It’s all about carbon sources and sinks, IMO. We have been transferring carbon from the ground, into the air, by combustion of fossil fuels. We need to start taking biomass carbon, whose ultimate source is the atmosphere, and put it back underground.

    It looks like some geological carbon storage sites are much better than others. It looks like it’s possible to inject CO2 into basalt formations, for example the Juan de Fuca plate off the Pacific Northwest, and have it react chemically with the basalt to form carbonates. There might be volume and mass balance problems, though, leading to plugging up the injection sites.

    It might also be possible to use the heat of the deep deposits to vastly speed up this reaction, in a positive feedback manner.

    Right now we are arguing with each other because we have not yet solved the technological problem of how we put massive amounts of carbon back underground cheaply and effectively. A related problem that has been mostly solved is how we decarbonize energy production, and avoid adding to the greenhouse gas problem.

    We need to solve the technological problem, and make sure that whatever climate bill gets through the Senate does not foreclose on technological options, and in fact encourages technological solutions.

    So, Hansen is right, Waxman/Markey is not enough. Joe is right, IMO, it’s the only game in town, right now, and it’s arguably better than nothing.

    Some positive things about Waxman/Markey are the integrated approach, the clean energy bank, and the fact that specific problems are addressed in a specific manner. Also, it appears to encourage innovation, and we need that – because we still have not solved the technological problem of how we put carbon back underground cheaply, massively, and effectively.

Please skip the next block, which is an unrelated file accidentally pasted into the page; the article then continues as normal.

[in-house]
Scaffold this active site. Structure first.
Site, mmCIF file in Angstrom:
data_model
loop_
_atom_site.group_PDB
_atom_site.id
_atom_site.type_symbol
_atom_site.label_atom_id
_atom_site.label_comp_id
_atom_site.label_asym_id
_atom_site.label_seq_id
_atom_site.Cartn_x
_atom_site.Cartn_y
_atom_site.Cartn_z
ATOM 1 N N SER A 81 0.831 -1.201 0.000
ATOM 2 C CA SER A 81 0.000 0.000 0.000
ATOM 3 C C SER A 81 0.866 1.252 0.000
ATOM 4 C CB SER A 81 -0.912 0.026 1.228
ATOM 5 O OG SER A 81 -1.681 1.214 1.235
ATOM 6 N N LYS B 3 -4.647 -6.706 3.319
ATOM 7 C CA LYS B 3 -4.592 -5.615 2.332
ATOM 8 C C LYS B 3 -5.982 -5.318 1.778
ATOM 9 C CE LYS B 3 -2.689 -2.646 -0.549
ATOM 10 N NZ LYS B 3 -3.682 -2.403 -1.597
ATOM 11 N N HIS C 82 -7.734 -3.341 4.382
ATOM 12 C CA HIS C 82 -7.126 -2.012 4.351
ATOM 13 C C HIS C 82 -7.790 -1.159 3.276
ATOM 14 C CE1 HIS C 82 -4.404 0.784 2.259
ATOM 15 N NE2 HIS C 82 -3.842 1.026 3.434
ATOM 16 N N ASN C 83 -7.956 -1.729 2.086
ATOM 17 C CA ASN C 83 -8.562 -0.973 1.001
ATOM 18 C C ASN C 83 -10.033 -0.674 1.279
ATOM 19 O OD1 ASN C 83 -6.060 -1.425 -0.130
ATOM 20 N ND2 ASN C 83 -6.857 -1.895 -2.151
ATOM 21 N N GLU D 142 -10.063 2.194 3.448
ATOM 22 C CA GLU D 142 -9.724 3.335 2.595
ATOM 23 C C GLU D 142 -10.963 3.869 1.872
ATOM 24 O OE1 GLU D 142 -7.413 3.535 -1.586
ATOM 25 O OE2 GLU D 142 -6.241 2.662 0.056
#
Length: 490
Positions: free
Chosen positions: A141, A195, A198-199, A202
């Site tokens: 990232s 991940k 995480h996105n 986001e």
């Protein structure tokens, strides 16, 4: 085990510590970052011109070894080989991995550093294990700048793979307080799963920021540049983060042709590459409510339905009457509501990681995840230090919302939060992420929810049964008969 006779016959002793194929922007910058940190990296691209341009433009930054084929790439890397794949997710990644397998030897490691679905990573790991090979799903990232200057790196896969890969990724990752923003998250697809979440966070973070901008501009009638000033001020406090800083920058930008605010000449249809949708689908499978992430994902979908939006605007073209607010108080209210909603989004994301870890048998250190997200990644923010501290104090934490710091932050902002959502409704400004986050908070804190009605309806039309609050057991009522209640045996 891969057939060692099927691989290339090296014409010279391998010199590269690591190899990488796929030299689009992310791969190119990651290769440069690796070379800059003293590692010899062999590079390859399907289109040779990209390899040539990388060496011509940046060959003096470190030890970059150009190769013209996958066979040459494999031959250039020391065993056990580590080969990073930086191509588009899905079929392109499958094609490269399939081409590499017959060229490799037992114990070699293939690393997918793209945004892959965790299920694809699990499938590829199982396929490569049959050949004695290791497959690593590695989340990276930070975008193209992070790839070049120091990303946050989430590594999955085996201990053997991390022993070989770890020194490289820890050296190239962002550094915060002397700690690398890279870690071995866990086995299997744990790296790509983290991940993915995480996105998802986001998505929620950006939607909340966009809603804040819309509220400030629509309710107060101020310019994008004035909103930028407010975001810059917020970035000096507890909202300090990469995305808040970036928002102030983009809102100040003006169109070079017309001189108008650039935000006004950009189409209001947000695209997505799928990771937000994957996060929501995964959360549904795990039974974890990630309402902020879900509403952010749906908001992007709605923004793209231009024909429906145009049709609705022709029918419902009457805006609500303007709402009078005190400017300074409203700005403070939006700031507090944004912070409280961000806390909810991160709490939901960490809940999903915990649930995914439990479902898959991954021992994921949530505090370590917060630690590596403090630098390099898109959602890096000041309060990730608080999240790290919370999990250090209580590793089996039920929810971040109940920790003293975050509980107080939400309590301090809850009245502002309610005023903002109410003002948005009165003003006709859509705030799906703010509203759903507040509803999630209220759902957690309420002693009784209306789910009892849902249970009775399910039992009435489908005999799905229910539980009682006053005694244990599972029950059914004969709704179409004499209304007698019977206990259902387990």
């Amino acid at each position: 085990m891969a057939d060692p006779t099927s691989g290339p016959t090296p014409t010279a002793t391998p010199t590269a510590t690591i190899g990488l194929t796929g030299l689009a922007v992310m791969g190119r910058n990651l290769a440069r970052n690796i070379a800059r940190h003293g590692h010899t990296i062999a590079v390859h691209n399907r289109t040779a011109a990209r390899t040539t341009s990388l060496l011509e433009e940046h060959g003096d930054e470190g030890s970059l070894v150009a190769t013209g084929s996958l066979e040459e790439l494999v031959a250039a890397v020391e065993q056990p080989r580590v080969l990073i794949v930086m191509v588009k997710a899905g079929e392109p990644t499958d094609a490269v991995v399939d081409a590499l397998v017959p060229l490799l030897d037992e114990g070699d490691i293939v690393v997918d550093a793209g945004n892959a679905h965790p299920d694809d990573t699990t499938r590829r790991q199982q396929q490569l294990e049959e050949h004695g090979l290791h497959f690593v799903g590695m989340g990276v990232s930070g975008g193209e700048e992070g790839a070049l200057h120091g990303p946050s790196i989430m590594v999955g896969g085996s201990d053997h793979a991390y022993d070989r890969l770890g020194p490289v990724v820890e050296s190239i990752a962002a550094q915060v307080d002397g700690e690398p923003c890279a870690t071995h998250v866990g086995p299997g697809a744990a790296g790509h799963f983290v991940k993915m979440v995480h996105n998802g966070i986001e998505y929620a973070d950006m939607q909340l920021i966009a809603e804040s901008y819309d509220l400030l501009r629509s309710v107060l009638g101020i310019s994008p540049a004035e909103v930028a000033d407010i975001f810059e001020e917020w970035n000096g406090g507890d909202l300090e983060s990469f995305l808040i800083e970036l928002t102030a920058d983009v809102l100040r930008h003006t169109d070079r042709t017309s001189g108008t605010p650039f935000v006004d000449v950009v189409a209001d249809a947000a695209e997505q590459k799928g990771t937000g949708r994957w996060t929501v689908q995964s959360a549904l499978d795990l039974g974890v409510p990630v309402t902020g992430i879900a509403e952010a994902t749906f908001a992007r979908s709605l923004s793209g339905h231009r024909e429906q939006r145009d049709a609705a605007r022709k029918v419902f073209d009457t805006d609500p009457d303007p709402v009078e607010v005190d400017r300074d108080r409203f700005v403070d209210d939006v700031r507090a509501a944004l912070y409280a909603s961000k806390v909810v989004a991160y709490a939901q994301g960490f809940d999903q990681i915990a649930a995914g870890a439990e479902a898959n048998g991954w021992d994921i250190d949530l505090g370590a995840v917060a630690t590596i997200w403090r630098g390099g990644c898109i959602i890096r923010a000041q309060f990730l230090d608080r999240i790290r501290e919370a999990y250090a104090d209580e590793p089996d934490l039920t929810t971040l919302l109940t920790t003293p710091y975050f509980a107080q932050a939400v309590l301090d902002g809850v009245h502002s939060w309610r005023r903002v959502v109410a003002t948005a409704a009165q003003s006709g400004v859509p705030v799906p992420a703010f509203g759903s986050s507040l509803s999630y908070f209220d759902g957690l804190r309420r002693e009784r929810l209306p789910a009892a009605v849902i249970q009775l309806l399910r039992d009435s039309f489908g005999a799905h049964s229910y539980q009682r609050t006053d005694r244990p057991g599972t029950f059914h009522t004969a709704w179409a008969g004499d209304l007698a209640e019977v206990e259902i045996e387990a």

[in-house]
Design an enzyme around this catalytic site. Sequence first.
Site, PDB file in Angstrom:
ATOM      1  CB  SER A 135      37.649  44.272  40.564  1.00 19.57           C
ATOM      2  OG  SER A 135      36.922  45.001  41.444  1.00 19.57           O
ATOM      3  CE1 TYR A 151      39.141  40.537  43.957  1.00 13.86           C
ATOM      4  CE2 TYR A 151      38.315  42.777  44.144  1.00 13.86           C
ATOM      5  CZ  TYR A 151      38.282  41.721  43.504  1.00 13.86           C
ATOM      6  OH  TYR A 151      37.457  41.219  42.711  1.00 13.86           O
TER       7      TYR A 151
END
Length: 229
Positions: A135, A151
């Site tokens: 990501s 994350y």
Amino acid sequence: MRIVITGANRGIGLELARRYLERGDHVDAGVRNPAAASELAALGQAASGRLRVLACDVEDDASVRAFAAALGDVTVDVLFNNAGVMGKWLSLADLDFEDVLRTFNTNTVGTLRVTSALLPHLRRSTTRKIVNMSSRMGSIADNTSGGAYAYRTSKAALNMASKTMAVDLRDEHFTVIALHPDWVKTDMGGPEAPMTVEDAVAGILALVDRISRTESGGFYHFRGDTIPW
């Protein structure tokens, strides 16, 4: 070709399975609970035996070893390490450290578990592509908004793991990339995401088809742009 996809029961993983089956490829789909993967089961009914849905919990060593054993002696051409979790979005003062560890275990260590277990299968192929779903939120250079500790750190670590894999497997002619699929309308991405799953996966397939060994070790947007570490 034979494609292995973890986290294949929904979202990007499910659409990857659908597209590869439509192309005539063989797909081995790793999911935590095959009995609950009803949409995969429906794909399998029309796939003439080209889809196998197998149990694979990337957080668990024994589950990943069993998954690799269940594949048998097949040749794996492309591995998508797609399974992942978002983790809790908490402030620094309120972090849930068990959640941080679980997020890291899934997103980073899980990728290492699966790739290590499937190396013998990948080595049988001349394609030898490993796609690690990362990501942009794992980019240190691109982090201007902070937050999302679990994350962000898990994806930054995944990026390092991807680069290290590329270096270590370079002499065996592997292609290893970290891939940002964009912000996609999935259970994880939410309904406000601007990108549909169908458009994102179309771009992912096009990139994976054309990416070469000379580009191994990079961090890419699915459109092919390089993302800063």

17. paulm says:

    Hansen plays an essential role. You cant have everyone offering carrots.

    And some one has to remind us just what the real picture and effort require is otherwise we will start deluding ourselves.

    The bill is mainly inspirational, but that can/will lead to more adiquate action.

  18. JeandeBegles says:

    I agree with the mood of the latest comments, and specially with Jim Beacon’s.
    Joe and Hansen share the same analysis but differ on the asessment of the merits of the WM bill. For Joe it is a first (small) step forward, for Jim it is absolutely not enough.
    Please Joe, don’t demonize Hansen by accusing him of spreading myths or faslehood like any GW denier does. You favor cap and trade, but it is VERY easy to show the flaws of any financial market (OUR CLIMATE, NOT YOUR BUSINESS! was the slogan of activists against a carbon traders meeting in Copenhague).
    He favors a carbon tax, and OK it is VERY easy to show that people and politicians (including the smart Obama) don’t seem ready to support it.
    However, the basis of the global solution is quite simple. A universal carbon tax, collected at the point of production of the fossil fuel (mine, oil land, ..) and credited in a ww Climate fund, shared between every country on a strict eqal basis per capita every year. This is the Hansen system, not on the USA scope but on the world wide scope, giving the true (and very low) value of the redistribution.
    I know this is very hard to install and that a lot of regulations must be in place, but these basic principles respect the individual human entiltlement of the same share of CO2.
    In France, we are arguing about these principles with the preparation of a carbon tax proposed by the government for the CO2 “diffuses” emmissions not concerned by the european cap and trade (ETS).
    Please visit our web site in french and give us your remarks:
    http://taca.asso-web.com/

  19. gmo says:

    I feel like I am in a basketball game, down 15 points with not much time left, and have some teammates who do not want to shoot the ball because they think waiting a little longer will see a 15-point shot introduced to the game.

    We are in big trouble, and we may not get ourselves out of it. You can try to rationally make the case that the science says we must avoid X and we can do that through Y. That rational case however is not going to convince everyone, just like the uber-head-in-the-sand-ers are continually unconvinced by the rational explanations of climate change and debunking of their faulty beliefs. I think most people of all stripes have a mental block when it comes to understanding that many other people do not think like they do. We cannot snap our fingers and make everyone “get it.”